You know, I can’t figure out if I should dedicate this selection to Rinda Elliot, Charles Gramlich, or K9.
“I Had to Hold Her Hand” by Homer (1920-1971) and Jethro (1920-1989)
By day, Henry Haynes (Homer) and Kenneth Burns (Jethro) performed as respectable musicians, backing up the likes of Chet Atkins, June Carter and other country notables, and holding down a steady gig at Cincinnati’s WLW (the flagship station of the Mutual Broadcasting Network). But their real fame, from 1936 on, came from lampooning the pop songs of the day, with a country feel. Recording at Cincy’s King Studios, they were sorta the Depression era’s version of Weird Al Yankovic.
In 2001, they were posthumously inducted into the Country Music Hall of Fame.
“Day Tripper” by Mae West (1893-1980)
As a playwright and stage actress, West’s frank views on sexuality made her an object of scandal in the “roaring” 1920s, a decade otherwise known for its openness concerning sex. As an entertainer, West made a living by being on the cutting edge, and constantly pushing the envelope. So, it’s not surprising that when the ‘60s came, she’d record rock tunes, something very few nineteenth-century people have done.
The real tragedy here is that in her younger days, Mae was a pretty decent singer. Were it possible for her to sing this song, say, in 1919, it could have been classically good, instead of classically mediocre.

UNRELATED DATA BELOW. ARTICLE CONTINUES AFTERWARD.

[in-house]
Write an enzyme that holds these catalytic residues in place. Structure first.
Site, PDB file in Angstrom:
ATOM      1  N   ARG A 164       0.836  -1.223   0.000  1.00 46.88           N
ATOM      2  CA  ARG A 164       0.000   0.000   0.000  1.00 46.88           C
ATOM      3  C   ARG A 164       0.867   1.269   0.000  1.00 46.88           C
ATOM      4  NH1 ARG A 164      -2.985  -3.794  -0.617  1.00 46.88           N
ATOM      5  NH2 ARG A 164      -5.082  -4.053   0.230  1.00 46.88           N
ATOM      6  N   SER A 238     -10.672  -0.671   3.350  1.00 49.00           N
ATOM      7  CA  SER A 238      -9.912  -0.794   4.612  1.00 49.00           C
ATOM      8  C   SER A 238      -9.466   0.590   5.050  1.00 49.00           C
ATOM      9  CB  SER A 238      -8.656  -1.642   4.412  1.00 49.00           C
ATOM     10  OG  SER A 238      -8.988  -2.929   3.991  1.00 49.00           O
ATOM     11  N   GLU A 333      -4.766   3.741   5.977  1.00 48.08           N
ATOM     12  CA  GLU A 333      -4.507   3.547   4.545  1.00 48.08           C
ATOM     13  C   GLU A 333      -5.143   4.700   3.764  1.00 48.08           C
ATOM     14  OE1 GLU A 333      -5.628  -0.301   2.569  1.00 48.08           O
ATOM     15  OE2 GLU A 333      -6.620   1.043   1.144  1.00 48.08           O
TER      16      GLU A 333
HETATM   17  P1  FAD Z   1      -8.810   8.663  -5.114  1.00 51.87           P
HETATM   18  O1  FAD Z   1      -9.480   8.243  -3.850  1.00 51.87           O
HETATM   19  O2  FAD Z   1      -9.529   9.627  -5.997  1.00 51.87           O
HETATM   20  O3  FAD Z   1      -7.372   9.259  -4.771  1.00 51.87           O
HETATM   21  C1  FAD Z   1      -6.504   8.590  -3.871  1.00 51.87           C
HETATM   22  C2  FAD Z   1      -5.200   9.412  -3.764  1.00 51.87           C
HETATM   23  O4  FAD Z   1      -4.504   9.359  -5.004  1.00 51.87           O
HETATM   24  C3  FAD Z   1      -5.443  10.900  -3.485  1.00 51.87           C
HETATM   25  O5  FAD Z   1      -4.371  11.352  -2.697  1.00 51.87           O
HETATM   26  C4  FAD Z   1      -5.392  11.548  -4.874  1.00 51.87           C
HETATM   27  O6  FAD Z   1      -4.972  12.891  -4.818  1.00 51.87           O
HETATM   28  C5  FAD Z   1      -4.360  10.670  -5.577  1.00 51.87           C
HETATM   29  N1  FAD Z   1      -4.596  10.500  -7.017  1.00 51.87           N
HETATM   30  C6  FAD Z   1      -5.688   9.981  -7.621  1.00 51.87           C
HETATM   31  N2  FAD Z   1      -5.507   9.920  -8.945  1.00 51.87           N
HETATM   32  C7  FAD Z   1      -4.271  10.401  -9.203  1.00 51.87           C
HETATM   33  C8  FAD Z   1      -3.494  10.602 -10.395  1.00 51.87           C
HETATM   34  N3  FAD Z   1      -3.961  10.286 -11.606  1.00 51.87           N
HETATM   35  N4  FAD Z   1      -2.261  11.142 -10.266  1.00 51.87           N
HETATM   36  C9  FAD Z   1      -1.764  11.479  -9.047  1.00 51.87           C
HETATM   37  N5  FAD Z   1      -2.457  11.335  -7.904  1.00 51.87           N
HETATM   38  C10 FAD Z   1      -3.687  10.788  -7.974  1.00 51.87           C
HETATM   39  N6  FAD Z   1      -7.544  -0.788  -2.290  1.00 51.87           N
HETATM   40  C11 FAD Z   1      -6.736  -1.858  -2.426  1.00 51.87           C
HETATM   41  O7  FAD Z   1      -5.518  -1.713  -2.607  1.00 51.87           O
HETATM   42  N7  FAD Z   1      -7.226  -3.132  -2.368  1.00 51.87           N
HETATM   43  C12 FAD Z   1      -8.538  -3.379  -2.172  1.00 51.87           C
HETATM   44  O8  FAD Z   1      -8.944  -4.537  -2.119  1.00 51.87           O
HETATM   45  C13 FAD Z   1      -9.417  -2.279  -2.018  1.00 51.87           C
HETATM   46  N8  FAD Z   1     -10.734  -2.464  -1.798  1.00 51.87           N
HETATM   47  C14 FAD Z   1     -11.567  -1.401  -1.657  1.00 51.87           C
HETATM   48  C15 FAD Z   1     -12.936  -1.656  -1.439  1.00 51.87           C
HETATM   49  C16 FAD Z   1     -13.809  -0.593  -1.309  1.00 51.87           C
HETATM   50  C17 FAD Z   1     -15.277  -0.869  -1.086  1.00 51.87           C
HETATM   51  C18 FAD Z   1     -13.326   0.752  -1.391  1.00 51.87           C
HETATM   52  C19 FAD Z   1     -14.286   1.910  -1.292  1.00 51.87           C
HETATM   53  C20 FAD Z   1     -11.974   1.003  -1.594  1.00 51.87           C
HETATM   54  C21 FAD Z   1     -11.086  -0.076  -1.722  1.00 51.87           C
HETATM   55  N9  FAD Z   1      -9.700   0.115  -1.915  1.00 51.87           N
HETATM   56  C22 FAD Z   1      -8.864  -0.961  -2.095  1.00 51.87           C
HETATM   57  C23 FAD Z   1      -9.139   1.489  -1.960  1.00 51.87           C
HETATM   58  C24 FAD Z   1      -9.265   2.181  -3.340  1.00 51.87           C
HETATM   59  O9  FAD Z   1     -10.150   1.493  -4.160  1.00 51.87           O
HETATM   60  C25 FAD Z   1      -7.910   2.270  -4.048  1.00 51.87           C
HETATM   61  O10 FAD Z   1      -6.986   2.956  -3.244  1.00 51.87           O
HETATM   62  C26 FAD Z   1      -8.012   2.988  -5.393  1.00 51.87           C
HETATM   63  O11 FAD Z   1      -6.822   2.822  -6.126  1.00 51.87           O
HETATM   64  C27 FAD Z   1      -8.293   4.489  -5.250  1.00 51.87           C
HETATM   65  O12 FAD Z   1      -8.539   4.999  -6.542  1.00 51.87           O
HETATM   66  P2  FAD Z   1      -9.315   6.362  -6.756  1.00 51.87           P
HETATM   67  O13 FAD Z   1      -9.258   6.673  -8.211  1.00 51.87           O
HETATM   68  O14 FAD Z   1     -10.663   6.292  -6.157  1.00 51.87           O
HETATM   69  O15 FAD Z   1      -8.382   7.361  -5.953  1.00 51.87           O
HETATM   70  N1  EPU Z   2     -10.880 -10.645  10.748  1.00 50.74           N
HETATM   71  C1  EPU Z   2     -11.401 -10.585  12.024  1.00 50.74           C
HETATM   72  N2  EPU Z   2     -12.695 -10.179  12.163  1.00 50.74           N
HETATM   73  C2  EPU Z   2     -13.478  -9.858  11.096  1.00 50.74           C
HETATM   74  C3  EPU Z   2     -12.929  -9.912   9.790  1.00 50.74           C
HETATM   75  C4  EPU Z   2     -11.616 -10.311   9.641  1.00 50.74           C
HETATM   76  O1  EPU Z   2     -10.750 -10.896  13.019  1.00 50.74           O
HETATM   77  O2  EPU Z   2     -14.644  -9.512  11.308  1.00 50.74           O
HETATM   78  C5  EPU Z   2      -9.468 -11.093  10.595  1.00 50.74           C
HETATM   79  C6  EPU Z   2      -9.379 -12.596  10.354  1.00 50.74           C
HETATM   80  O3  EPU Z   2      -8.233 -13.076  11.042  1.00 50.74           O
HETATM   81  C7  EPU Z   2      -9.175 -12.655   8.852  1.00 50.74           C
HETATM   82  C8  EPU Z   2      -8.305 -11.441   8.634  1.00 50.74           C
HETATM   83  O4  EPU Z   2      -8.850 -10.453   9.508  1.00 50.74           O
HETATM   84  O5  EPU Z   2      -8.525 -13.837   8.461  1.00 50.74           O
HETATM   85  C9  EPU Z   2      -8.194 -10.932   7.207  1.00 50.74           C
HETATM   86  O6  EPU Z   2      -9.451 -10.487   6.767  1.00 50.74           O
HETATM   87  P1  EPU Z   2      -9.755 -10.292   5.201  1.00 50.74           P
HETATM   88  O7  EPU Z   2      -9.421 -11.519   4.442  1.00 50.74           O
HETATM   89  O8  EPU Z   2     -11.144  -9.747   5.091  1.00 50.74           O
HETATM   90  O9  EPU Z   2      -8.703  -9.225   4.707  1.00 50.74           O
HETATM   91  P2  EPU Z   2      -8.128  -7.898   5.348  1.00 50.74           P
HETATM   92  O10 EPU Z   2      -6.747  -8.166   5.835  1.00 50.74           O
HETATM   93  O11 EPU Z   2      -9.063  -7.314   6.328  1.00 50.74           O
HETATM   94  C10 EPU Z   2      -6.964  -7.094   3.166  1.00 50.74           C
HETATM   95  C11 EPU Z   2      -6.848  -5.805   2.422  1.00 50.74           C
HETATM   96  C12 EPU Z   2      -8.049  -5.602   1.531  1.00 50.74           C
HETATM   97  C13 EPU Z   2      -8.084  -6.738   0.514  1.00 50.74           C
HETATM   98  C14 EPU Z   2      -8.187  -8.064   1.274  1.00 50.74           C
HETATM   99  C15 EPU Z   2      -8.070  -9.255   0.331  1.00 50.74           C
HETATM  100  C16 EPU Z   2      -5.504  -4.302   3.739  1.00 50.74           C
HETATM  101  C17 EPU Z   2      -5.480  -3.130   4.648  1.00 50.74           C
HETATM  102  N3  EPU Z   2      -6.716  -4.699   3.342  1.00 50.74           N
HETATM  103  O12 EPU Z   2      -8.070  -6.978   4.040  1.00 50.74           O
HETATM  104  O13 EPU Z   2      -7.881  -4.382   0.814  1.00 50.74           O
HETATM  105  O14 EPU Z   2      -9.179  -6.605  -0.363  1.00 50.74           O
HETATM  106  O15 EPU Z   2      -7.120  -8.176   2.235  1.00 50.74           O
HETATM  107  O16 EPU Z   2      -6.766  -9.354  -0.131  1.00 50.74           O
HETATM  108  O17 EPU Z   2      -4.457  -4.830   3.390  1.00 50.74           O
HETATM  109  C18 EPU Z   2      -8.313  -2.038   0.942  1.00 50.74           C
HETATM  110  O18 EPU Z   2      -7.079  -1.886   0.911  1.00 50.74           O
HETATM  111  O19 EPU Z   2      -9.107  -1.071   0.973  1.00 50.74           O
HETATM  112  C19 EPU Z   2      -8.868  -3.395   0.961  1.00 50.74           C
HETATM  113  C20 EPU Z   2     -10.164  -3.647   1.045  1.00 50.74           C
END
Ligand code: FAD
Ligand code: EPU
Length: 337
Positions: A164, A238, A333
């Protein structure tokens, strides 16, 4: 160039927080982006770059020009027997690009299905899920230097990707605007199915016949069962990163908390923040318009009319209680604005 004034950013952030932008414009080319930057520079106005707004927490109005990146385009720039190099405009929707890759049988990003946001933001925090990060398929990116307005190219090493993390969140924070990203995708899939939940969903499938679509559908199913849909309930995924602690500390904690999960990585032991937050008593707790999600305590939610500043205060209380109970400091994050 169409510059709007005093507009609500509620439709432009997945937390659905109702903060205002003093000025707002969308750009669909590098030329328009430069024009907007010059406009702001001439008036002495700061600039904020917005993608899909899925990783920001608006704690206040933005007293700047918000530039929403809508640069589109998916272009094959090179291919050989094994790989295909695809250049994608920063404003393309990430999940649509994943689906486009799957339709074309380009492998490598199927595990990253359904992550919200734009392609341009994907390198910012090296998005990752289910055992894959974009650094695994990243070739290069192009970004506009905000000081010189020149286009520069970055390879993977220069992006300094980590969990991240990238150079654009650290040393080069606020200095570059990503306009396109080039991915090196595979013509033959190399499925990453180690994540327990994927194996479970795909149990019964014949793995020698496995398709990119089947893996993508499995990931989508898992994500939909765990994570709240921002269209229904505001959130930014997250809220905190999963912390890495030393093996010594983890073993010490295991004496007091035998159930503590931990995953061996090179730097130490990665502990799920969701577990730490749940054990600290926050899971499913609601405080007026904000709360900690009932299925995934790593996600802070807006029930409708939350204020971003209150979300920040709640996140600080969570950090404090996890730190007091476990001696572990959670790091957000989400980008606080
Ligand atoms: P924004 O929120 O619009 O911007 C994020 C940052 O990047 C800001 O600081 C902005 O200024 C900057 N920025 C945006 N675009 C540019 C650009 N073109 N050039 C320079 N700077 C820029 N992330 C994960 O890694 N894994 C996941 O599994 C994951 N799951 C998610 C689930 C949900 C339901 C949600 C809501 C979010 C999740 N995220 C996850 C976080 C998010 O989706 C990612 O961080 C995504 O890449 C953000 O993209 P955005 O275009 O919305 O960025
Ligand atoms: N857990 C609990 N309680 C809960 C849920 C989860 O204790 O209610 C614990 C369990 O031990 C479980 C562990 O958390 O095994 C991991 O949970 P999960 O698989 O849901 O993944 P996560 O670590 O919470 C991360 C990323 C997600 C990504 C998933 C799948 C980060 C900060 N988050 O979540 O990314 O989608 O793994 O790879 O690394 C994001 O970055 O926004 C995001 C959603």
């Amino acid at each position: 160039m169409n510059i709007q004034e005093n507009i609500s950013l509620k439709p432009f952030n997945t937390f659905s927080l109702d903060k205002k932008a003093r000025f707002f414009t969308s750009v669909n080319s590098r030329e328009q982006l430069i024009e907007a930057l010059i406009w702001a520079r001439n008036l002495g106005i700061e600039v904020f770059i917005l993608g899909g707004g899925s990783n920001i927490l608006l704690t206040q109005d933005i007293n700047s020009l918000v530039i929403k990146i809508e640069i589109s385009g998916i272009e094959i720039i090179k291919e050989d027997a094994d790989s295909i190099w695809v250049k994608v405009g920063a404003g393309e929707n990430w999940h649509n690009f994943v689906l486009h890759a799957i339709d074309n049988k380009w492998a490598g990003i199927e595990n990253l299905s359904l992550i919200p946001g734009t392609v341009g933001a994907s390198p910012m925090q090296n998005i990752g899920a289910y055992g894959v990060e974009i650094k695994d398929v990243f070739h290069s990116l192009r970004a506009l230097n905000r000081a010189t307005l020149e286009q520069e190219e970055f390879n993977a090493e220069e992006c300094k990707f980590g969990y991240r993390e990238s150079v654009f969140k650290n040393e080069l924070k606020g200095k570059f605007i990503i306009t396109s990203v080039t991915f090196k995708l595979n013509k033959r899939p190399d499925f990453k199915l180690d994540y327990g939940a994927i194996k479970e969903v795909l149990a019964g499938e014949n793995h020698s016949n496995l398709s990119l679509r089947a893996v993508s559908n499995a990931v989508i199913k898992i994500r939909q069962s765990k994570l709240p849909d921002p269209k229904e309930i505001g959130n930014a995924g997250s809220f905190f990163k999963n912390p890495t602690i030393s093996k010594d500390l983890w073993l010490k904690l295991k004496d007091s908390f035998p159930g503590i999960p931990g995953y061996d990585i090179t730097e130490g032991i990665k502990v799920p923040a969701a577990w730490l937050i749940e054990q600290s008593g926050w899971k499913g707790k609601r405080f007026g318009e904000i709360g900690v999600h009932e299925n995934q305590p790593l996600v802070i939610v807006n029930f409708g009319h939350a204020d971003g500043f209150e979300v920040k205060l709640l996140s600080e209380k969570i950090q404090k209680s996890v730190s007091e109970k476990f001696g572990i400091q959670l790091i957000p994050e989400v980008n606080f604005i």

“Sgt. Pepper’s Lonely Hearts Club Band” by Dr. William H. Cosby (1937- )
Not satisfied with being a star of TV and the standup stage, the Cos tried to cut it as a musician. Some of his parodies (e.g., the James Brown spoof “I Love Myself Better than I Love Myself”) are intentionally funny. But this is a straight cover, and it’s about the funniest thing he’s ever done.
“Lucy in the Sky with Diamonds” by William Shatner (1931- )
Shatner has his own singing style, which he’s attempted to revive for Priceline.com commercials and the like. Some of his songs (e.g., “You’ll Have Time“) are actually kind of good. But in this recording, we’re left to wonder what was going through his head. I don’t know about you, but it seems to me like Captain Kirk is in a lot of pain.